|Cited Patent||Filing date||Publication date||Applicant||Title|
|US4276320 *||Jan 25, 1980||Jun 30, 1981||Fmc Corporation||Compositions and method for preparing dessert gels|
|US4720924 *||Nov 3, 1986||Jan 26, 1988||R & J Engineering Corporation||Microwave drying of pharmaceutical gelatin capsules|
|US4896434 *||Nov 10, 1988||Jan 30, 1990||Joseph Fanelli||Apparatus and method for drying gel|
|US4915506 *||Aug 18, 1988||Apr 10, 1990||Hosokawa Micron Europe B.V.||Apparatus for drying material which is mixed with a solvent|
|GB2061728A *||Title not available|
|1||*||Derwent Abstract C85 113296, House Shokuhin Kogy.|
|2||Derwent Abstract C85-113296, House Shokuhin Kogy.|
|3||*||Derwent Abstract C89 042441, Taguchi.|
|4||Derwent Abstract C89-042441, Taguchi.|
|5||*||Derwent File Supplier, No. AN 79 764 55B, 1979, Hirata.|
|6||*||Derwent File Supplier, No. AN 87 210585, 1987, Onodera.|
|7||Derwent File Supplier, No. AN-79-764 55B, 1979, Hirata.|
|8||Derwent File Supplier, No. AN-87-210585, 1987, Onodera.|
|Citing Patent||Filing date||Publication date||Applicant||Title|
|US5484606 *||Jan 24, 1994||Jan 16, 1996||The Procter & Gamble Company||Process for reducing the precipitation of difficulty soluble pharmaceutical actives|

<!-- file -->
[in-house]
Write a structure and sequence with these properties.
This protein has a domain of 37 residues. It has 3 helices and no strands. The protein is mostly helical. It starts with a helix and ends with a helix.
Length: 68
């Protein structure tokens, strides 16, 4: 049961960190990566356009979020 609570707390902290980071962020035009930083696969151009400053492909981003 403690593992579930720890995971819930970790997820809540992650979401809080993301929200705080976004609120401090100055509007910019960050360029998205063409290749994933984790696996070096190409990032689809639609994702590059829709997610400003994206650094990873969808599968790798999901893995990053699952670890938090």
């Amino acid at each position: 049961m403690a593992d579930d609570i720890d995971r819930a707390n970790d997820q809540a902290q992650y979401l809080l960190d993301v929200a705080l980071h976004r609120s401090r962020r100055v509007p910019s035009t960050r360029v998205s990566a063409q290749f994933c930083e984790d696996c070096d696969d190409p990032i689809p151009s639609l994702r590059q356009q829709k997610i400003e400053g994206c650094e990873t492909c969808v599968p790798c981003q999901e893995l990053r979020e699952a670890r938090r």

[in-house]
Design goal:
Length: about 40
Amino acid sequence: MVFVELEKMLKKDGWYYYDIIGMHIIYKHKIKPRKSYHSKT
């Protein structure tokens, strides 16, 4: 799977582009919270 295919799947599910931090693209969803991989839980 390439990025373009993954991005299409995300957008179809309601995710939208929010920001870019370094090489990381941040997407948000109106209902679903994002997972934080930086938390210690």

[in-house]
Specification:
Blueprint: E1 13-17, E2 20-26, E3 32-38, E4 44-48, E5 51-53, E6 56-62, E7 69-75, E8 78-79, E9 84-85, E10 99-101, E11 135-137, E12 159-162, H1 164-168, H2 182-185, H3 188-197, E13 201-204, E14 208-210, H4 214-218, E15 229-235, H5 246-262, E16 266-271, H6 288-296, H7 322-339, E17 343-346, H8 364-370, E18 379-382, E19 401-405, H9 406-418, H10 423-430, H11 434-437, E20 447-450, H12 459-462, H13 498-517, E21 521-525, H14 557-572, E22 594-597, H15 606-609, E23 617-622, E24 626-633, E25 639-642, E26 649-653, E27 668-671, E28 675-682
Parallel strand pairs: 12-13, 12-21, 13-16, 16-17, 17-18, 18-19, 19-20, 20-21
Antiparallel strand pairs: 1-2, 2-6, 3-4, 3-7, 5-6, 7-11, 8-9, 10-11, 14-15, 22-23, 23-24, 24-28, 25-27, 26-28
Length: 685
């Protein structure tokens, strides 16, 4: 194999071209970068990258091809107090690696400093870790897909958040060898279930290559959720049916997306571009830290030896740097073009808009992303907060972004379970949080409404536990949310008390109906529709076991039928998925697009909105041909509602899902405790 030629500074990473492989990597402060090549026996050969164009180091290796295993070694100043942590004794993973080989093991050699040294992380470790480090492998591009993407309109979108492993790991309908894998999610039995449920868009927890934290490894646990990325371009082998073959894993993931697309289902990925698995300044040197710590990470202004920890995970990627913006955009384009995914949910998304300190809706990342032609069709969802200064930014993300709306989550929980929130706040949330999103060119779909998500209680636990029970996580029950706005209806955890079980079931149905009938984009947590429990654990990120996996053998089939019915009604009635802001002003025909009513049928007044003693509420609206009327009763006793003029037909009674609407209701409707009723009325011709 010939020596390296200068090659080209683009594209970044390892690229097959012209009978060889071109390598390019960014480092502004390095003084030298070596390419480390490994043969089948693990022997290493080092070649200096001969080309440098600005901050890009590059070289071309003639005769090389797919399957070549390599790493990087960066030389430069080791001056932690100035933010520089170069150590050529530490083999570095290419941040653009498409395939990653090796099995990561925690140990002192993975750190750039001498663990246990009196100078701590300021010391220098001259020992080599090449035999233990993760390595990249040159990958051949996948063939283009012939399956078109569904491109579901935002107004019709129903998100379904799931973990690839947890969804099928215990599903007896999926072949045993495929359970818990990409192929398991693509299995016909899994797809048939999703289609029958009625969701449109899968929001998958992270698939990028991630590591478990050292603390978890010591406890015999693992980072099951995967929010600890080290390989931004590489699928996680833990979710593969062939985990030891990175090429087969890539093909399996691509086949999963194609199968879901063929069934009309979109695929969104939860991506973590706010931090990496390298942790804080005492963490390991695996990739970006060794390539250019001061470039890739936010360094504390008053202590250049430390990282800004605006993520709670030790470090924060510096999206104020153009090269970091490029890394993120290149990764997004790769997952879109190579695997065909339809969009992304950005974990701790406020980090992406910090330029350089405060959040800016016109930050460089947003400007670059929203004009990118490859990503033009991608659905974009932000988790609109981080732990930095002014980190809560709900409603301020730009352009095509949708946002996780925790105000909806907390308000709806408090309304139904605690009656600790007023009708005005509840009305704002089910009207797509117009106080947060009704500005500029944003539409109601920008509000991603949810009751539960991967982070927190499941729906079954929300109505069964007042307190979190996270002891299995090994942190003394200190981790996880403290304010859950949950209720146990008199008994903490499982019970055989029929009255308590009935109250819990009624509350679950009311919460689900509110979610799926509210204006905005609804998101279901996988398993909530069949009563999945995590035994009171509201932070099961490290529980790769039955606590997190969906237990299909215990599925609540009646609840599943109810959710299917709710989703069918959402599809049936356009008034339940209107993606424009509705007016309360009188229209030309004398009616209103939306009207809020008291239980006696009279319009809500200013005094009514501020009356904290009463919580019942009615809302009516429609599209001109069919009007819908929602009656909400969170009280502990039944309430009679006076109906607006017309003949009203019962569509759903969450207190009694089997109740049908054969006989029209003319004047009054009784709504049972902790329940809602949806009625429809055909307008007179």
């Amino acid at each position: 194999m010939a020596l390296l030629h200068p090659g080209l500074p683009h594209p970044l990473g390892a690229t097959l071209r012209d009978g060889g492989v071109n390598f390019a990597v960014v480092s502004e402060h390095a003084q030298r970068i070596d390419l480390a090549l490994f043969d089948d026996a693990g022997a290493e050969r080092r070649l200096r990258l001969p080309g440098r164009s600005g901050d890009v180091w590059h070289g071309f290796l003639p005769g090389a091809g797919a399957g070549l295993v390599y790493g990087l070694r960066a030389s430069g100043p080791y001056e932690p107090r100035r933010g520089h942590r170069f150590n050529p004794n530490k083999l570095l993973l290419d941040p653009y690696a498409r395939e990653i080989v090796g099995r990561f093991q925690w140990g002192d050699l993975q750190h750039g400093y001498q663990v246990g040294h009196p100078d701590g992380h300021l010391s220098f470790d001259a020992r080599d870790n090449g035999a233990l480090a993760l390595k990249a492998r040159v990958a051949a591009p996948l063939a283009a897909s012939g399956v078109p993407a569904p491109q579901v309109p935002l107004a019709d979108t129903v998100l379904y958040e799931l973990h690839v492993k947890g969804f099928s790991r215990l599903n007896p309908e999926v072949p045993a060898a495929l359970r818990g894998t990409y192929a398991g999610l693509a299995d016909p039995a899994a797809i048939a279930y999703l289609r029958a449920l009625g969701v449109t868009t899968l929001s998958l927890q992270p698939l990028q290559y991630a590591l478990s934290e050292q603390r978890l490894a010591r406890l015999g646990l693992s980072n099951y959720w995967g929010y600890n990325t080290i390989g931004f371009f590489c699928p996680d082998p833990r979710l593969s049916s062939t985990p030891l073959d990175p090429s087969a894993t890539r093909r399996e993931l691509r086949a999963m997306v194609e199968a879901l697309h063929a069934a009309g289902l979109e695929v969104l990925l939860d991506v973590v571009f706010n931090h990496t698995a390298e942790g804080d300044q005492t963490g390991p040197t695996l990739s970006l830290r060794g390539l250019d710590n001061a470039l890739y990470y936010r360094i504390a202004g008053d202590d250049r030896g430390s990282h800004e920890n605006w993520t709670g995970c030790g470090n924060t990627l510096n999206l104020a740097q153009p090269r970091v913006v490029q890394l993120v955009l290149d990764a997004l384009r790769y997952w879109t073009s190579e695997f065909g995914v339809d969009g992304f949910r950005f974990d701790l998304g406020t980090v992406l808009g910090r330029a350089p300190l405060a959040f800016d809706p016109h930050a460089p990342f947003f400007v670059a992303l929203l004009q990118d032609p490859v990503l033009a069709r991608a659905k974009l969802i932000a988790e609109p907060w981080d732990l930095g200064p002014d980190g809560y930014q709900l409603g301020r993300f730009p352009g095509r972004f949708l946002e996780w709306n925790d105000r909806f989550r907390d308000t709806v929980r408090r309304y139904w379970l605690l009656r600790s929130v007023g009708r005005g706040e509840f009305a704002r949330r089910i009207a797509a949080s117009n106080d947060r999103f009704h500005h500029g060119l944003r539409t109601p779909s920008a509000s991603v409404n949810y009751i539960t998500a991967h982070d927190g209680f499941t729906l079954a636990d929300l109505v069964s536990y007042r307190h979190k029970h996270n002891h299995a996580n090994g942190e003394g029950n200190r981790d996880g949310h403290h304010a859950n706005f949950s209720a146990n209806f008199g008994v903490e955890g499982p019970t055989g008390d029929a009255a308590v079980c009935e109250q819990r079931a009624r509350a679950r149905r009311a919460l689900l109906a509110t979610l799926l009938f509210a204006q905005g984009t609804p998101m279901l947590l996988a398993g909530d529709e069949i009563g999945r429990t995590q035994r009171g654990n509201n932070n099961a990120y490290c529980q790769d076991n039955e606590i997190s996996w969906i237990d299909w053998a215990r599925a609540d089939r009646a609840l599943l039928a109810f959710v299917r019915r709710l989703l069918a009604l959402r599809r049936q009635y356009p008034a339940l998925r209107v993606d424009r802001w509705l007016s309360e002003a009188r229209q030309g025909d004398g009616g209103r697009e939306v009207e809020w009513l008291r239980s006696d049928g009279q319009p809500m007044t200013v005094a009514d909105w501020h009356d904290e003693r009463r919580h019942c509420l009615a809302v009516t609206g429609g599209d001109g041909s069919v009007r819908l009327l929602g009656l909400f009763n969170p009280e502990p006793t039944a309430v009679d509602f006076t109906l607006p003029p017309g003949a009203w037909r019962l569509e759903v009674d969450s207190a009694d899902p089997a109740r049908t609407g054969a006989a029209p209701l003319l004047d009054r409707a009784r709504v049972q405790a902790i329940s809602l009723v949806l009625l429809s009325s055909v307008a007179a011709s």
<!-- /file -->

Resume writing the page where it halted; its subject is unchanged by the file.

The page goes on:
|US20130150810 *||Feb 5, 2013||Jun 13, 2013||The Population Council, Inc.||Intravaginal ring for the delivery of unique combinations of antimicrobial compositions|
|U.S. Classification||34/259, 426/575, 426/242|
|International Classification||C08B37/00, A23L1/0532|
|Cooperative Classification||A23L1/0532, C08B37/0042|
|European Classification||A23L1/0532, C08B37/00M4D|
|Jul 5, 1990||AS||Assignment|
Owner name: SANOFI,, FRANCE
Free format text: ASSIGNMENT OF ASSIGNORS INTEREST.;ASSIGNORS:LHONNEUR, JEAN-PIERRE;LEFRANCOIS, JACKY;REEL/FRAME:005376/0333
Effective date: 19900621
|Nov 16, 1993||AS||Assignment|
Owner name: ELF SANOFI, FRANCE
Free format text: CHANGE OF NAME;ASSIGNOR:SANOFI;REEL/FRAME:006763/0399
Effective date: 19931112
|Aug 24, 1994||FPAY||Fee payment|
Year of fee payment: 4
|Oct 20, 1998||REMI||Maintenance fee reminder mailed|
|Mar 28, 1999||LAPS||Lapse for failure to pay maintenance fees|
|Jun 8, 1999||FP||Expired due to failure to pay maintenance fee|
Effective date: 19990326